• Remembering the brick-and-mortar store: It literally sets most retailers apart from Amazon, existentially. Not only do physical stores provide the best opportunity for the most intimate personal service, they also give retailers a surprising degree of flexibility and a widely distributed system of warehouses and fulfillment centers.
  • Stocking unique inventory: Amazon can’t sell what it doesn’t have and consumers can’t buy from Amazon what is available only on your site and in your store. Given Amazon’s broad reach, it’s a tall order but some retailers are successfully pulling it off.
  • Providing a unique experience: The physical store is a good start on checking this off the list. But experience doesn’t need to be limited to the brick-and-mortar vibe. There is plenty retailers can do online to distinguish themselves with content, curation, recommendations and providing relevant and personalized search.
  • Offering expertise: Amazon is not big on inspiration or instruction. Smart retailers help consumers figure out what products they need for what they want to do. And they help guide them when it comes to using those products once they have them.
  • Creative delivery and fulfillment options: No doubt Amazon has wowed consumers with Prime delivery and even one-hour delivery in some places. But you still can’t go to an Amazon warehouse and pick up your order or stroll through an Amazon warehouse touching and trying on items before asking someone to ship them to your house. Speed is great, but not everything.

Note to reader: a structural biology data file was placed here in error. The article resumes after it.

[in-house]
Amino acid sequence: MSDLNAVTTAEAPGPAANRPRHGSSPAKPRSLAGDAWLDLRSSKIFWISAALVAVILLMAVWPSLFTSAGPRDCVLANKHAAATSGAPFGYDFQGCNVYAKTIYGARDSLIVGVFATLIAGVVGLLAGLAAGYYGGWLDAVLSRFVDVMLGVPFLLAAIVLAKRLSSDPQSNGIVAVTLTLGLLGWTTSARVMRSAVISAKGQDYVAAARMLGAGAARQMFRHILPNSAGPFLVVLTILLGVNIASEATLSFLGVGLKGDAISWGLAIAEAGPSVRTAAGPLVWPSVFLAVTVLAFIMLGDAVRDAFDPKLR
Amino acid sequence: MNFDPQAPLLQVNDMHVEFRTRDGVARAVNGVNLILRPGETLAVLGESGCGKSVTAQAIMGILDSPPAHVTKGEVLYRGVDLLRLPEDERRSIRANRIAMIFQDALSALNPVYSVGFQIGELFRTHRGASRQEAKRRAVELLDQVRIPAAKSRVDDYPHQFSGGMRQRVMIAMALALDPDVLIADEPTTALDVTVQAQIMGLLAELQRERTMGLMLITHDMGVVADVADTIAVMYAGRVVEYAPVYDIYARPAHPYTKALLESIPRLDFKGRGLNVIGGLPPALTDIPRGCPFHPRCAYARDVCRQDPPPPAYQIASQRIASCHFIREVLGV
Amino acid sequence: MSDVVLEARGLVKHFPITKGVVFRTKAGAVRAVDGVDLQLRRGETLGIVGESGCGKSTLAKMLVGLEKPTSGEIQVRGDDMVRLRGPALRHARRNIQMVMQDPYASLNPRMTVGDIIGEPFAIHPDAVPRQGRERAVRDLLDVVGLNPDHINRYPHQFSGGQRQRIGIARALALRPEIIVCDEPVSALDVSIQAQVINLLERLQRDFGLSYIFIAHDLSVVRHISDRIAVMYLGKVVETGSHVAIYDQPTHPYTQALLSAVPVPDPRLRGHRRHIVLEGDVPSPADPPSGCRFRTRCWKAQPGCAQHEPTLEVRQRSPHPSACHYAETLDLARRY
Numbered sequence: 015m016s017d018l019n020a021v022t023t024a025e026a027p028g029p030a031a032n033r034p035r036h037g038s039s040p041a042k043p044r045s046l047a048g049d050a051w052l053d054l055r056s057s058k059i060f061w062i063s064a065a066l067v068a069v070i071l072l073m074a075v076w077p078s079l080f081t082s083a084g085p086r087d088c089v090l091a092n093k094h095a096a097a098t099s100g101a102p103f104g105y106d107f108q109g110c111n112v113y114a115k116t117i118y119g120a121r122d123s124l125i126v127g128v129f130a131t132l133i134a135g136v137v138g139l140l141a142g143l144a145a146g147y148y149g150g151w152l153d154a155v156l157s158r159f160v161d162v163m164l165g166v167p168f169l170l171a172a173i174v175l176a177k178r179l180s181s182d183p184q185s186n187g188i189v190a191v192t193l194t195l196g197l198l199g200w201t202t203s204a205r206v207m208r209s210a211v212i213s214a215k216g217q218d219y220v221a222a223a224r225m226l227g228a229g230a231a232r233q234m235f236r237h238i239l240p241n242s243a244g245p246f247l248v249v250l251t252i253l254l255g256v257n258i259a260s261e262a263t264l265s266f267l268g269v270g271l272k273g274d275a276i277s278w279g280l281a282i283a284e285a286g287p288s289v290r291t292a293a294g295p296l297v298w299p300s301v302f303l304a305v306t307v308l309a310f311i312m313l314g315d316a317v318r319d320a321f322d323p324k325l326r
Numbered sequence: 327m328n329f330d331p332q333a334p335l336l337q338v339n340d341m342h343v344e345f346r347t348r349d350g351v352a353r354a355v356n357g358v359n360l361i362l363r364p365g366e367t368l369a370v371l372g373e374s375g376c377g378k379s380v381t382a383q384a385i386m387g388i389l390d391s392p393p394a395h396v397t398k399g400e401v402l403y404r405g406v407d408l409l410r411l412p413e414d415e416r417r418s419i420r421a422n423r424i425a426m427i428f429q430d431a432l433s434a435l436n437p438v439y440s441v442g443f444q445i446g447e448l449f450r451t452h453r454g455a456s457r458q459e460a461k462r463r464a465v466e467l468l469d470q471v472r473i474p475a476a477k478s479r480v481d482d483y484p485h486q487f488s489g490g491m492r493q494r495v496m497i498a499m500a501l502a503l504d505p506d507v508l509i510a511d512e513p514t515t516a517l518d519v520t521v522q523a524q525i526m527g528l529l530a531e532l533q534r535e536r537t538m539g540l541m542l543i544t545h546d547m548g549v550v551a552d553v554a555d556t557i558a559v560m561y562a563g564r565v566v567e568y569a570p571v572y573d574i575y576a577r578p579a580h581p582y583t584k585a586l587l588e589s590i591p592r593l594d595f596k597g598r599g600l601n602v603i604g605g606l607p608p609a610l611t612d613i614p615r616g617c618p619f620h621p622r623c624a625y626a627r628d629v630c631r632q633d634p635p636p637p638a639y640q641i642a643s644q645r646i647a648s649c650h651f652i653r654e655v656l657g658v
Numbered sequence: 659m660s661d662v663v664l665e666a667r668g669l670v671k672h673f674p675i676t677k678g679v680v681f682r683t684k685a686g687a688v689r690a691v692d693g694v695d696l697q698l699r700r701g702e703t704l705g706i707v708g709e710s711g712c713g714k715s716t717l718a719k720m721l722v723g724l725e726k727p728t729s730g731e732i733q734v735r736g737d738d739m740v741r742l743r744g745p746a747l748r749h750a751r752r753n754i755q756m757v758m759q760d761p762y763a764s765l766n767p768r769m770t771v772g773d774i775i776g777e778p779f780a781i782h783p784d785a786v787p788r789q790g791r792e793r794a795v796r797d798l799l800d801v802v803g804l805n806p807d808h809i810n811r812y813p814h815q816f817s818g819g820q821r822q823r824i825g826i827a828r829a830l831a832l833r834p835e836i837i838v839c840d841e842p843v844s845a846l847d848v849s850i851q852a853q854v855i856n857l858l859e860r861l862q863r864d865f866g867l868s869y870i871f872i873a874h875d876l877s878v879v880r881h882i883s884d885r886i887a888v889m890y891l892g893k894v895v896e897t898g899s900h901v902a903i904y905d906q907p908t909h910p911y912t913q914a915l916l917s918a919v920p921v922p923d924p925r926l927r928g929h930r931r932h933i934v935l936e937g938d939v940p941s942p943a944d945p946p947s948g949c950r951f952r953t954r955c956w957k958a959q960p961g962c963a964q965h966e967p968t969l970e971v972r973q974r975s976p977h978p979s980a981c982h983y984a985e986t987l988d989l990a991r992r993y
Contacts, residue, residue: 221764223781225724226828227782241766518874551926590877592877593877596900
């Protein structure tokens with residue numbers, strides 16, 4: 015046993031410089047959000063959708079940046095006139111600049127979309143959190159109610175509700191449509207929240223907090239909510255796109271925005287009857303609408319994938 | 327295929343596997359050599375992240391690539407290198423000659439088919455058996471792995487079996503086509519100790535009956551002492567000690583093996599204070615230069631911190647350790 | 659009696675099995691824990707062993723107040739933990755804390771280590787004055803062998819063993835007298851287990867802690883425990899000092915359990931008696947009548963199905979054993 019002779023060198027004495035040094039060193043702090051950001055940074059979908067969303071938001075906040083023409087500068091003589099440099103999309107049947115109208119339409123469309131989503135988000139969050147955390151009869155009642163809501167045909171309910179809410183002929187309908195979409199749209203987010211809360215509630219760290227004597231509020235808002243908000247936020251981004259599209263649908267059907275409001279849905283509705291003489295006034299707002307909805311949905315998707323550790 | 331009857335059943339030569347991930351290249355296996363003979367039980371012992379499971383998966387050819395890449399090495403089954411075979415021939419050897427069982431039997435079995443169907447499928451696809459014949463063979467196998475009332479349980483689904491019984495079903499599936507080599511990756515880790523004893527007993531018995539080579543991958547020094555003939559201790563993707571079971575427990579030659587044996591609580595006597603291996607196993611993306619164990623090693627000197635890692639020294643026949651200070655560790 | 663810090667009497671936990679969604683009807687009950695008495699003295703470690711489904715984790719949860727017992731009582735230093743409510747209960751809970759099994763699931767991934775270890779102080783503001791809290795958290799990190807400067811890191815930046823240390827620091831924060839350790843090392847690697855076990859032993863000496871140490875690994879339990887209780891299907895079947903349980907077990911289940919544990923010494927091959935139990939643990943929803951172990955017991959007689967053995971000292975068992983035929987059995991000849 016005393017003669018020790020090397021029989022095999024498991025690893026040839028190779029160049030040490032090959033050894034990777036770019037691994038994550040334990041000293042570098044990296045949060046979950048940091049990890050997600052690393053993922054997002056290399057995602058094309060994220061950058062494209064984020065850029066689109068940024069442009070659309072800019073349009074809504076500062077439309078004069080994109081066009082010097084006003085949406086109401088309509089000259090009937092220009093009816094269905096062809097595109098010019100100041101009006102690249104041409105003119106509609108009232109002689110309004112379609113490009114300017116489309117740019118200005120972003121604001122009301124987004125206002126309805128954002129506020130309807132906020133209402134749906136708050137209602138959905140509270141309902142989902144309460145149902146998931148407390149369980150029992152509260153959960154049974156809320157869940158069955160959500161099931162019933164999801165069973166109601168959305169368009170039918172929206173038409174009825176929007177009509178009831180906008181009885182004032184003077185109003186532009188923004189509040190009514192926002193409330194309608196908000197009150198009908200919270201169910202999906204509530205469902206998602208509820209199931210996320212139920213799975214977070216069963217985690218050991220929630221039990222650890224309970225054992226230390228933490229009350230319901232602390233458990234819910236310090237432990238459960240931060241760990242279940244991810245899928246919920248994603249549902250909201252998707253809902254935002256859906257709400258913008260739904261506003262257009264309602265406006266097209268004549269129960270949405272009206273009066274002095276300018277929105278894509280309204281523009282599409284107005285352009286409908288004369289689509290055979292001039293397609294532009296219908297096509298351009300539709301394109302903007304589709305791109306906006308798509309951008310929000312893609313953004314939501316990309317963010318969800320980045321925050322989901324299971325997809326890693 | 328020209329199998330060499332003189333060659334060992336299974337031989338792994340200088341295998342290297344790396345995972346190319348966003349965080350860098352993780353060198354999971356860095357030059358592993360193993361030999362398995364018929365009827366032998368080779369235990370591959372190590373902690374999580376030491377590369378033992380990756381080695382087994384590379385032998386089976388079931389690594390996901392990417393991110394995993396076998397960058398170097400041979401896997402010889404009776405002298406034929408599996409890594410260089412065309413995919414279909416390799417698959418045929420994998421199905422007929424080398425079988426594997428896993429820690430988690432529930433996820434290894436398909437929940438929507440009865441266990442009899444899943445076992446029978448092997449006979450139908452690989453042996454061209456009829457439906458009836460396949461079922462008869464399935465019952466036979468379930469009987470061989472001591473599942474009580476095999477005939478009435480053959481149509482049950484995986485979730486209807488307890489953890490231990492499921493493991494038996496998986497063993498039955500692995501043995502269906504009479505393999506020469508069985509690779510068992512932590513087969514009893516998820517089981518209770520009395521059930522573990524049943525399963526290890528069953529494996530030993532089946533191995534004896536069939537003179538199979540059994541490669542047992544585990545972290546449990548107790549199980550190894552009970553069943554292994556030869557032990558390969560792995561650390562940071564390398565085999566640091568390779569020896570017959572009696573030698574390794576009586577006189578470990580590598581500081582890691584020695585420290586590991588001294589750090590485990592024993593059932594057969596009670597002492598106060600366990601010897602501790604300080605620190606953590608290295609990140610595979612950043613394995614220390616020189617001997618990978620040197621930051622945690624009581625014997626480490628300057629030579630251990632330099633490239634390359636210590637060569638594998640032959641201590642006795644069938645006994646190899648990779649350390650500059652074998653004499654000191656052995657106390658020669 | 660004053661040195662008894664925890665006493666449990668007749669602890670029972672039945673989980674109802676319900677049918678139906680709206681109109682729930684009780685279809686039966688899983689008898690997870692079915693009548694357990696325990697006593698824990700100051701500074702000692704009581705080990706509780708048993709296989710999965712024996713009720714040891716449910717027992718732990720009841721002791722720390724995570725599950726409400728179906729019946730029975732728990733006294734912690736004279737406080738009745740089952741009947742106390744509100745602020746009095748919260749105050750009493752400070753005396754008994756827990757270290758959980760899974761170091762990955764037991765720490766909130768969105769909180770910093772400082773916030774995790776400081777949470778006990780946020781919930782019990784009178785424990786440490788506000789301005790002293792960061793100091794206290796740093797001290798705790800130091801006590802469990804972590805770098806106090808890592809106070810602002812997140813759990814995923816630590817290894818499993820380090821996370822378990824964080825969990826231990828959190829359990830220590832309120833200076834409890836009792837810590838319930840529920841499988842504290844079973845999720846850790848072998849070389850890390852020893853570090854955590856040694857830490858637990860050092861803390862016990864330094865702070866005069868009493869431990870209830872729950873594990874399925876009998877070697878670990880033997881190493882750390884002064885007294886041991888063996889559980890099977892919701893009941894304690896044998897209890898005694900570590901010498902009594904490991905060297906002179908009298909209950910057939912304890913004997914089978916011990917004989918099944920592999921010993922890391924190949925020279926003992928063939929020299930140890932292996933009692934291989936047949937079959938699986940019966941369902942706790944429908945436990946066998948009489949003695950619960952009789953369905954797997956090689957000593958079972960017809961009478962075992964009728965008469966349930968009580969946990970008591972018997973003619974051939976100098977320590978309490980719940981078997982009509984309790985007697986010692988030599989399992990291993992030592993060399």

Of course, there is no universal template. Whether a given strategy makes sense for a given retailer has everything to do with what that retailer sells, what its brand identity is, the kinds of relationships it has built with consumers.

You’ve just got to think about it and ask, ‘What is it I really want to be?’ before you come up with an answer,” says Kasey Lobaugh, Deloitte’s chief innovation officer for retail & distribution. “Because the answer, it just is different, depending on who you are as a brand.”

One thing is fairly clear, however: It’s past time to have that conversation and past time come up with an answer.

There is no denying that Amazon is a formidable competitor. A recent USA Today analysis of U.S. Commerce Department data and Amazon financial findings concluded that 30 percent of online retail spending in the United States happens on Amazon. An important note: About half that spending occurs on Amazon’s Marketplace, meaning a third-party presumably captures the bulk of that revenue.

And BloomReach’s own research shows that Amazon is increasingly where consumers turn to begin their product searches online. In an October 2015 poll, conducted by Survata, 44 percent of respondents said they started their product searches on Amazon. By this fall, that figure had grown to 55 percent.